Health visitors improving outcomes for families

26 March 2020 10:00 - 10:45

The role of a Health Visitor entails early intervention and prevention of illness/disease through health promotion, screening and education of a defined population within the community they serve. All populations have diverse health needs which requires actively helping to identify these needs and enabling the community to partake in health enhancing activities, thus leading to a reduction or prevention in poor health outcomes and morbidity.

To meet the needs of a diverse community requires the Health Visitors to: -understand what is required for behaviour change -have knowledge of cultural and social differences that affect health and the relationship -have an awareness of socioeconomic status access to resources and wellbeing of the community. -be culturally sensitive and community orientated - be open to innovative ways of working and work collaboratively way with other services.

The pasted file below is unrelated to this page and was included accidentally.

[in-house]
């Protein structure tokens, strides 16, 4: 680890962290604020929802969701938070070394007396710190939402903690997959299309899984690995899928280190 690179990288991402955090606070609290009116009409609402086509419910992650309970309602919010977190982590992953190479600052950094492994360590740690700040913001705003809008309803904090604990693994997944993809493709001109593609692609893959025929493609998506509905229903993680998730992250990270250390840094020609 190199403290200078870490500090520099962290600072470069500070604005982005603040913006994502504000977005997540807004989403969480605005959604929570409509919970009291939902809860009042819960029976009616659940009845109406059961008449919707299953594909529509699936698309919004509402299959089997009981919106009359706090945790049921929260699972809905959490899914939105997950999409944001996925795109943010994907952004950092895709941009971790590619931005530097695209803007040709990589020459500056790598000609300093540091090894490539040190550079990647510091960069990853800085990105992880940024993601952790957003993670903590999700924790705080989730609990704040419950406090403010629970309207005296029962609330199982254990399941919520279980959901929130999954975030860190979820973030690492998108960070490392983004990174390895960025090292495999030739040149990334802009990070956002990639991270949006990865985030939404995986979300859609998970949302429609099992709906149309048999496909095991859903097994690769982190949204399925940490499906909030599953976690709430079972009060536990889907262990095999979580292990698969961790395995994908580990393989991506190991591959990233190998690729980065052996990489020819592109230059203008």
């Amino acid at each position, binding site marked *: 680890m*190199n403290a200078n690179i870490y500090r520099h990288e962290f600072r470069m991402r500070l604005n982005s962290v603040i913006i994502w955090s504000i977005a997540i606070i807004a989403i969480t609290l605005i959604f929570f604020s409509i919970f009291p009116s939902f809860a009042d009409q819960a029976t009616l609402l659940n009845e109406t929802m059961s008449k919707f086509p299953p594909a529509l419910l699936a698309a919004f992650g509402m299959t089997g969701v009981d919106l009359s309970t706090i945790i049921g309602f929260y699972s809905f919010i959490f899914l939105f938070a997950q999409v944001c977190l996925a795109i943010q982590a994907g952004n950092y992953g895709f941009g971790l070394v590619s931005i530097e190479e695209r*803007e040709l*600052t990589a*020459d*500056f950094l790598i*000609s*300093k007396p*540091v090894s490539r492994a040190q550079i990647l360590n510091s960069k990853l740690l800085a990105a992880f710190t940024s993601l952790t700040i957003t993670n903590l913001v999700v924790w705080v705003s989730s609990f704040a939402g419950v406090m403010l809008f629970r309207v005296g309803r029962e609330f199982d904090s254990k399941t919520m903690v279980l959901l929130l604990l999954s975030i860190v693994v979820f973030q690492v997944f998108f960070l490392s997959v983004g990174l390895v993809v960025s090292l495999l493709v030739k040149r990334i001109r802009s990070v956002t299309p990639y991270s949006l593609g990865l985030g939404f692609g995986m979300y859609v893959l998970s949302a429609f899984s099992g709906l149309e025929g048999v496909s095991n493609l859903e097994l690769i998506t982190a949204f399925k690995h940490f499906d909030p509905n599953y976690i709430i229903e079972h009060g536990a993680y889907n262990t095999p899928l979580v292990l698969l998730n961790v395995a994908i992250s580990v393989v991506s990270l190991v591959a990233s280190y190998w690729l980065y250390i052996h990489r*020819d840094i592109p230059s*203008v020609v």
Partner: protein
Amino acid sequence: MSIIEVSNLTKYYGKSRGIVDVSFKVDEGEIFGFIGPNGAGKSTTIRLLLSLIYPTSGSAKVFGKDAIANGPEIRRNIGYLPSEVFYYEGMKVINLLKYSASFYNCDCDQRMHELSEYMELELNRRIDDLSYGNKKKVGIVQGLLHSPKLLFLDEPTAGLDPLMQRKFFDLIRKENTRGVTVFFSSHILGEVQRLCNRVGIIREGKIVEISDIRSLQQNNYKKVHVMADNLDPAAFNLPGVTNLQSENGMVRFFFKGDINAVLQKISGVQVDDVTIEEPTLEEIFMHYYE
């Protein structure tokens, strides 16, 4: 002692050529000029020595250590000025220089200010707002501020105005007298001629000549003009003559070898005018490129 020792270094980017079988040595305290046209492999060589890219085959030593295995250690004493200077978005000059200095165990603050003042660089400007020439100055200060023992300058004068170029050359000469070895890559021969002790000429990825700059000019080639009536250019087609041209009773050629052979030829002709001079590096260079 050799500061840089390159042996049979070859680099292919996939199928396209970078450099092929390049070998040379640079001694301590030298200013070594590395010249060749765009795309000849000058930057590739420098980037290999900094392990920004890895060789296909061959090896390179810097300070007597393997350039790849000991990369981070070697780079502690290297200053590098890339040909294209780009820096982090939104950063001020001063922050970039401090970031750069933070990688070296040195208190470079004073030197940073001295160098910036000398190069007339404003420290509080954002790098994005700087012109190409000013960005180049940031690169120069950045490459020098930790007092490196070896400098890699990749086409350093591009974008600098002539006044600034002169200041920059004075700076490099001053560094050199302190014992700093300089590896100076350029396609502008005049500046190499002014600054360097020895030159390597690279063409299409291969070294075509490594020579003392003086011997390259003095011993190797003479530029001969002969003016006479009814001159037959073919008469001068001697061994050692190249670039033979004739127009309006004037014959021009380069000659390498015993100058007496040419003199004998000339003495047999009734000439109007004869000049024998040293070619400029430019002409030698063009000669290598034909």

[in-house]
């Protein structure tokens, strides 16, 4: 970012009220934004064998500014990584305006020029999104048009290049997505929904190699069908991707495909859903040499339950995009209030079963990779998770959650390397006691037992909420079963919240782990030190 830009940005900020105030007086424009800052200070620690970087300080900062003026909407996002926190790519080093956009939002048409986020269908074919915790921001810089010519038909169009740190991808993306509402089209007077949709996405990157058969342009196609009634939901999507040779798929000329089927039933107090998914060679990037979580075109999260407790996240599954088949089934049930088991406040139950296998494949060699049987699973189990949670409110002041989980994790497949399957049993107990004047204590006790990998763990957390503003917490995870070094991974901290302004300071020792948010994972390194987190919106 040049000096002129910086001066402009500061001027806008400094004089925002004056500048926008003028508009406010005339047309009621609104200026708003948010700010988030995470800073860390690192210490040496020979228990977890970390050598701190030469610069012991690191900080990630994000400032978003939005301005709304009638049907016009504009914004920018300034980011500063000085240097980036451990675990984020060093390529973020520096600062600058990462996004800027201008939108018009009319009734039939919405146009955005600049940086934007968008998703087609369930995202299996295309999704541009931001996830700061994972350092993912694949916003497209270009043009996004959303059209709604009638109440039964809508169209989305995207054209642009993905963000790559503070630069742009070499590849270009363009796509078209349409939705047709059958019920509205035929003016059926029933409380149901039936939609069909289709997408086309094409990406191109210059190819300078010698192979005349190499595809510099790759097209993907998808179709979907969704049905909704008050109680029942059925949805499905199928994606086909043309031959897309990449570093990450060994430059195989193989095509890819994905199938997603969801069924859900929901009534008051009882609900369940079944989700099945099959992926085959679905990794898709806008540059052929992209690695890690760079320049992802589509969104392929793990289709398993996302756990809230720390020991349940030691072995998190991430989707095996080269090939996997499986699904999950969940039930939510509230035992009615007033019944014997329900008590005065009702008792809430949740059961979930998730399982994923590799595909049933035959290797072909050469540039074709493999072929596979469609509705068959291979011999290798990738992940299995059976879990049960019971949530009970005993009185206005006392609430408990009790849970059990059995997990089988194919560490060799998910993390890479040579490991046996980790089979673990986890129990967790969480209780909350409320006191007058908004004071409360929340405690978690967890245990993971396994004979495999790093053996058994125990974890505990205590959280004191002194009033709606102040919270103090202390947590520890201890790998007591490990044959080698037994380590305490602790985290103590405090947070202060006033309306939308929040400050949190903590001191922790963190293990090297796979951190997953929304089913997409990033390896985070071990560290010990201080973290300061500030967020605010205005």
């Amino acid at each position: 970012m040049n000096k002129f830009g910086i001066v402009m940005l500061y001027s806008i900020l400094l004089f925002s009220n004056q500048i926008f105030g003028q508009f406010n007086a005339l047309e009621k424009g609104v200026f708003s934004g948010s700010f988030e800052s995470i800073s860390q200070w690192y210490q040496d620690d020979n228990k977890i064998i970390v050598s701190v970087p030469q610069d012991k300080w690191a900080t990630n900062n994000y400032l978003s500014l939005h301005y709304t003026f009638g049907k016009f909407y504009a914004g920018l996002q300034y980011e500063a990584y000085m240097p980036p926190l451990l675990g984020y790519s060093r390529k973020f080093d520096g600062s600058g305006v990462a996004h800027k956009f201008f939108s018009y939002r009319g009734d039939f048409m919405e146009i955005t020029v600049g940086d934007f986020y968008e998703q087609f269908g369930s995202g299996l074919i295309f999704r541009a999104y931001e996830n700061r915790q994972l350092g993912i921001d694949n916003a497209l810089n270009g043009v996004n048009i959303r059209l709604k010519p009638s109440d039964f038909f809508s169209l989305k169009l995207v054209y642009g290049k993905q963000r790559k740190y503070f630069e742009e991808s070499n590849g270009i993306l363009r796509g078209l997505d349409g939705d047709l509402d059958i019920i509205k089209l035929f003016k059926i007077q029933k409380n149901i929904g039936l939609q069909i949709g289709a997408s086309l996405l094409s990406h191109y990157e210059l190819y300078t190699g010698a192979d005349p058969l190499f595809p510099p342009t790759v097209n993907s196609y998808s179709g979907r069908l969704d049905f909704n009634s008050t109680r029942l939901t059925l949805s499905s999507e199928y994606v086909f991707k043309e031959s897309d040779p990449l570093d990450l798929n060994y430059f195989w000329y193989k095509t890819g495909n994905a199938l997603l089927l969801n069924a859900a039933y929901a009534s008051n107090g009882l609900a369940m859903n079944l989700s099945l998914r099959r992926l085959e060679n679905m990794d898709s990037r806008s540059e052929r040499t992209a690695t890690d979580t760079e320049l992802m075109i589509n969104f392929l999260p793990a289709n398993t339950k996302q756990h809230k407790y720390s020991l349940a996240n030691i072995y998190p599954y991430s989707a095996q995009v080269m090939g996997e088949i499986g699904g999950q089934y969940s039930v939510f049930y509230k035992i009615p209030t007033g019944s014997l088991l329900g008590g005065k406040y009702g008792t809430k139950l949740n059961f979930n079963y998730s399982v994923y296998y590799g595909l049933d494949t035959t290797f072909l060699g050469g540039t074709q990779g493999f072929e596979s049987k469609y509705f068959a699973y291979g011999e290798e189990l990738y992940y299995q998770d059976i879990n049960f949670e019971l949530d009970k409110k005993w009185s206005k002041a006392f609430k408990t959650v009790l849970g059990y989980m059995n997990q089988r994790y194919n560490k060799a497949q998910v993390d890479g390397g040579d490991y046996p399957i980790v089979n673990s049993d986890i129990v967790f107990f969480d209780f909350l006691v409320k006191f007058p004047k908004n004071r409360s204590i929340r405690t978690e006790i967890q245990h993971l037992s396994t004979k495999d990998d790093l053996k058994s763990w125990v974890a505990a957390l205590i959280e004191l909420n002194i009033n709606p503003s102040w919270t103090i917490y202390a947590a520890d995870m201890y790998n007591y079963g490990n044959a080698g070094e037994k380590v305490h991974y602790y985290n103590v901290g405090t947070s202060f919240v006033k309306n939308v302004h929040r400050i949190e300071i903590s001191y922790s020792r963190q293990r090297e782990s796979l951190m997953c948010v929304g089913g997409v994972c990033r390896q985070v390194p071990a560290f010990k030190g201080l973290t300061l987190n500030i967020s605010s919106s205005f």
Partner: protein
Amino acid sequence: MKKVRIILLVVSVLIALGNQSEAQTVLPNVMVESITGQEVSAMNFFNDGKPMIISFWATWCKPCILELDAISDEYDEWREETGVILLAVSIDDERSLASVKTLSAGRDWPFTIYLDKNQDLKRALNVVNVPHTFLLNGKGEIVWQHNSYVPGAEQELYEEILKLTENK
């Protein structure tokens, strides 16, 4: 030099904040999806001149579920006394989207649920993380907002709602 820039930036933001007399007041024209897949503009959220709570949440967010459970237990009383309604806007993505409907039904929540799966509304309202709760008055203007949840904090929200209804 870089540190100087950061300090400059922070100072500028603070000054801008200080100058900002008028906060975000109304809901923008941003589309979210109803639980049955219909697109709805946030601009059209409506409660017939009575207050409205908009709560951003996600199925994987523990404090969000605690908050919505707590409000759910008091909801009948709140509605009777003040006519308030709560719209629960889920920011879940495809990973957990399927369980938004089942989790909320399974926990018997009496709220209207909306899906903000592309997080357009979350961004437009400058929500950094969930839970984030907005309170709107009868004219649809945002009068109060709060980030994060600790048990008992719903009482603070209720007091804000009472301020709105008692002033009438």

The Healthy Child Programme (HCP) offers children and their families a universal service and is offered to all children in England, with additional support for those with specific needs and risks. A progressive universal HCP is one that offers a range of preventative and early intervention services for different levels of risk, needs and protective factors. In a diverse country such as England, the HCP will require adaptation to meet the individual and cultural needs of families. This may require the use of interpreters, understanding different childcare practices and taking services to the homeless, asylum seekers and traveller families are all key features of the local/community programmes. Health visitors are key to the effective delivery of the HCP and work with other professionals and organisations such as: Children Centres staff and members of the primary health care team in ensuring the HCP is delivered during pregnancy and the first years of life.

My presentation will demonstrate how Health Visitors make a difference to diverse communities through the influence of a diverse workforce, training and the HCP.

Pamela Shaw, Practice Educator, Health Visitor, Queen’s Nurse